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First Charges Filed in Mueller Investigation; Catalonia Government Dismissed after Declaring Independence; North Korea Tensions. Aired 0-0:30a ET
Aired October 28, 2017 - 00:00 ET
THIS IS A RUSH TRANSCRIPT. THIS COPY MAY NOT BE IN ITS FINAL FORM AND MAY BE UPDATED.
UNIDENTIFIED MALE (voice-over): This is CNN breaking news.
CYRIL VANIER, CNN ANCHOR (voice-over): I'm Cyril Vanier in Atlanta, breaking news reported first on CNN. Sources are telling us that the first charges have been filed in the Russia investigation. You'll remember that this man, special counsel Robert Mueller is investigating Russian meddling in the 2016 U.S. election.
The charges are still sealed so we don't know who's targeted and what the charge is. But it is a major development in the probe that has been hanging over the Trump White House almost since day one.
Joining me now, CNN's correspondent Pamela Brown.
Pam, what have you learned?
PAMELA BROWN, CNN JUSTICE CORRESPONDENT: We have learned -- our team, myself, Evan Perez, Shimon Prokupecz -- that a federal grand jury in Washington, D.C., has approved the first charges in the investigation led by special counsel Robert Mueller.
We're told by the sources that the charges are still sealed under orders from a federal judge and that plans are being made for anyone charged to be taken into custody, possibly as soon as this coming Monday.
It's unclear what the charges are because, as I pointed out, the indictment is still under seal and it's not clear whether those under indictment have been notified. A spokesman for the special counsel's office declined to comment for this.
But as we've been reporting, Mueller was appointed in May to lead this investigation into Russian meddling in the 2016 U.S. election and, under the regulations governing special counsel investigations, deputy attorney general Rod Rosenstein, who has oversight over the Russia investigation, will be made aware of any charges before they were taken before the grand jury.
On Friday we had a producer there, who saw a flurry of activity, including the veteran prosecutor, Andrew Weismann (ph), entering the courtroom at the D.C. federal court, where the grand jury meets to hear testimony in the investigation.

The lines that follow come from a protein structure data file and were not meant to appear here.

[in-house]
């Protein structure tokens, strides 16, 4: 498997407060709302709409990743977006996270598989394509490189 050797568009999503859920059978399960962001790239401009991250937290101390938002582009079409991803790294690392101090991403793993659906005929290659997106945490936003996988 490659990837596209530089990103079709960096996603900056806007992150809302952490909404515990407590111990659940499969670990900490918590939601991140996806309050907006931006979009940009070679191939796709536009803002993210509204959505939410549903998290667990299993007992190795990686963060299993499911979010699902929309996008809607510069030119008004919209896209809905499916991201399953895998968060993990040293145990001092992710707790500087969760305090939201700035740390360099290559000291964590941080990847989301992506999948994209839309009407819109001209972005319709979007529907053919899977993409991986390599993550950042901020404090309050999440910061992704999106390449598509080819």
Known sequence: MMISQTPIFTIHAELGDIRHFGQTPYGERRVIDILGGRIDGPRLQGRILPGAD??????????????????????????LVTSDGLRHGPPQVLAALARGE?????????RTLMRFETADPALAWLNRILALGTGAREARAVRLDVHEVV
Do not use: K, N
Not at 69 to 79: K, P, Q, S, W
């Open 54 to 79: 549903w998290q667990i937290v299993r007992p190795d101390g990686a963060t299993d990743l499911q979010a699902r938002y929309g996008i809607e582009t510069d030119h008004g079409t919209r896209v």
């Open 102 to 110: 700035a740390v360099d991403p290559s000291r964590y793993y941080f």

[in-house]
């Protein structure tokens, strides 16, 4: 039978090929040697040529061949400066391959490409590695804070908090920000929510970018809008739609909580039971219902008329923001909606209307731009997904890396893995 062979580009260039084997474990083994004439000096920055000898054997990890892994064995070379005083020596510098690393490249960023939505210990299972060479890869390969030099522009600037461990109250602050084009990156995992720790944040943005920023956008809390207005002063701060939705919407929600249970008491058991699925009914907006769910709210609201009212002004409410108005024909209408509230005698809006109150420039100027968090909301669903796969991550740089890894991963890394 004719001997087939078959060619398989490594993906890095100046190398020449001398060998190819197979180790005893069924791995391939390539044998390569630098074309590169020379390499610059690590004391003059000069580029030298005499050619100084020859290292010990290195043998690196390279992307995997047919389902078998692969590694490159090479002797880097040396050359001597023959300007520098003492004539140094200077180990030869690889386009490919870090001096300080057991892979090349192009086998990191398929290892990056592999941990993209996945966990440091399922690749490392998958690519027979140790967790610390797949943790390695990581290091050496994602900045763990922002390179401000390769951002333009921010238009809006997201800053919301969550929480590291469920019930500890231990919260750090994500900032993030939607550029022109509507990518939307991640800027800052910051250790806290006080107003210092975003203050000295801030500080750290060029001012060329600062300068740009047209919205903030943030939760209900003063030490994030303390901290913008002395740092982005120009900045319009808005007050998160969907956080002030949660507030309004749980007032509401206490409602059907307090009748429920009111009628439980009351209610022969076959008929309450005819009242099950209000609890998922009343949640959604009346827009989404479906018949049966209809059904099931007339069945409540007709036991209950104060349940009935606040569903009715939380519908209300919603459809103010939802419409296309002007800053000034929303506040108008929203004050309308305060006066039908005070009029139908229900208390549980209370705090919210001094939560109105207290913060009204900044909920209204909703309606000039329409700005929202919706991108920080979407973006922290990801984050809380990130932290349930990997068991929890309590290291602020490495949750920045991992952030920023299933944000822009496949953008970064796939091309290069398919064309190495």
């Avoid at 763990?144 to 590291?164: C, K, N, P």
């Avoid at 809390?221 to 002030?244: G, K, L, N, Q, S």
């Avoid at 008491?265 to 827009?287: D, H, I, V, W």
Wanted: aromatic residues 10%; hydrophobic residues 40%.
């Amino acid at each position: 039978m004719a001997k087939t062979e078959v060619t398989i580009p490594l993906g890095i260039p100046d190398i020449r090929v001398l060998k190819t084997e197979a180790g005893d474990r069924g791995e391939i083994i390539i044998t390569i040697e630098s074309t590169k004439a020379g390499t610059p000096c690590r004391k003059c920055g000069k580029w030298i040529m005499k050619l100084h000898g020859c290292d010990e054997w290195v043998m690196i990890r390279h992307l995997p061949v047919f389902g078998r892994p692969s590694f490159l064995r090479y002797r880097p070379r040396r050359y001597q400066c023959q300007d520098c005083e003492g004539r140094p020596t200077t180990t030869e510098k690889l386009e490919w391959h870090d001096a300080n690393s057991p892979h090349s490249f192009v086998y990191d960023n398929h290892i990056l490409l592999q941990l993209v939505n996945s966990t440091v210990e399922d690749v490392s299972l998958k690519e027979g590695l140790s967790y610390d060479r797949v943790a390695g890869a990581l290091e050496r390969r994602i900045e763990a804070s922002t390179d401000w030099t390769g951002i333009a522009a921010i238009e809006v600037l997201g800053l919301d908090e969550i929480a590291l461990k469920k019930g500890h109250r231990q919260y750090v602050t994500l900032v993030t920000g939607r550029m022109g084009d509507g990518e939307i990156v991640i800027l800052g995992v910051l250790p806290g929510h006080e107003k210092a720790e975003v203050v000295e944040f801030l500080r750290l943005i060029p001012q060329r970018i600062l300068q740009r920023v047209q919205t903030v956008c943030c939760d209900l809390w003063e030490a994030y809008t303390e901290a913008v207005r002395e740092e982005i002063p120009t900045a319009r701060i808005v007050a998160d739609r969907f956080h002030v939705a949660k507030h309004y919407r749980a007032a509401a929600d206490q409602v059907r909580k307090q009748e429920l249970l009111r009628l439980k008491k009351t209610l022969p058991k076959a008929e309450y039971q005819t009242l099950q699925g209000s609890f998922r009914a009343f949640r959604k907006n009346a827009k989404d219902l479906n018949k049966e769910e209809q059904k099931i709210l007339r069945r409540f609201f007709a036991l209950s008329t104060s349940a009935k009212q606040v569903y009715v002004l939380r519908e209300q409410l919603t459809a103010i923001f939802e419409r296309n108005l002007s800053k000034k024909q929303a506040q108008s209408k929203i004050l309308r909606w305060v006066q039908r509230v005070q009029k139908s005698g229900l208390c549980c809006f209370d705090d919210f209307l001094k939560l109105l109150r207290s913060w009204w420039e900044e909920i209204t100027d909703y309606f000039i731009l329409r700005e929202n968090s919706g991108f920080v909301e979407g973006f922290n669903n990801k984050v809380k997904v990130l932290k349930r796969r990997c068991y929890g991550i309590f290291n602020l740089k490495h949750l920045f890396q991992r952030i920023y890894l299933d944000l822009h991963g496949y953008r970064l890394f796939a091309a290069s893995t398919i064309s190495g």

So now we're learning that the first charges were filed. So this is certainly a big moment in this investigation that began more than a year ago and then Robert Mueller took over in May. And now we're seeing the first charges.
VANIER: And to bring charges like this, who would have had to approve them?
BROWN: It would have had to have been the deputy attorney general, who is now overseeing it because the attorney general, Jeff Sessions, had recused himself. So under the regulations, what would happen is Robert Mueller would bring the information, the potential charges, to Rod Rosenstein; make the case, detail exactly why they believe these charges should be brought.
And so Rod Rosenstein would be apprised of what was going to happen before they went before the grand jury to get approval. Now if he thought that there were any big issues, he could put a stop to it. He could say, no, I think it's too premature or I don't think we should do this.
But it appears in this case that he was on board and everything was brought to the grand jury and the charges were approved.
VANIER: To be clear, at this stage, do you have any idea who the charges are against and what they are?
BROWN: So we have an idea of who the charges are against but as we mentioned, those who we believe the charges are against have not been notified. And normally how this works is there's a sealed indictment and then there's a couple-day process, where you get an arrest warrant and so forth. So it takes a couple of days before the attorney of the client is even notified.
Then what would happen at that point is the attorney would be told that their client needs to -- his or her client needs to turn himself or herself in within a certain timeframe.
So that is typically how this plays out, which is why we're being told we could see law enforcement activity related to these sealed indictments as early as perhaps Monday or Tuesday.
VANIER: So does that mean that that's also Monday or Tuesday, when we're likely to find out who's been charged and why?
BROWN: That is likely going to be when we find out. Robert Mueller and his team's M.O. from the very beginning has been to just keep quiet, keep things under wraps, don't talk to the media.
So really the first indication will be when the arrest is made and you know how that is going to be done. We don't know. So there could be a self-surrender, where the person charged or people charged turn themselves in. And if they choose not to turn themselves in, then you would see, you know, authorities going out to arrest them.
So you're right. That will likely be the first time that we find out.
VANIER: And the Russia investigation has been going on for more than a year now.
How significant is this for the investigation?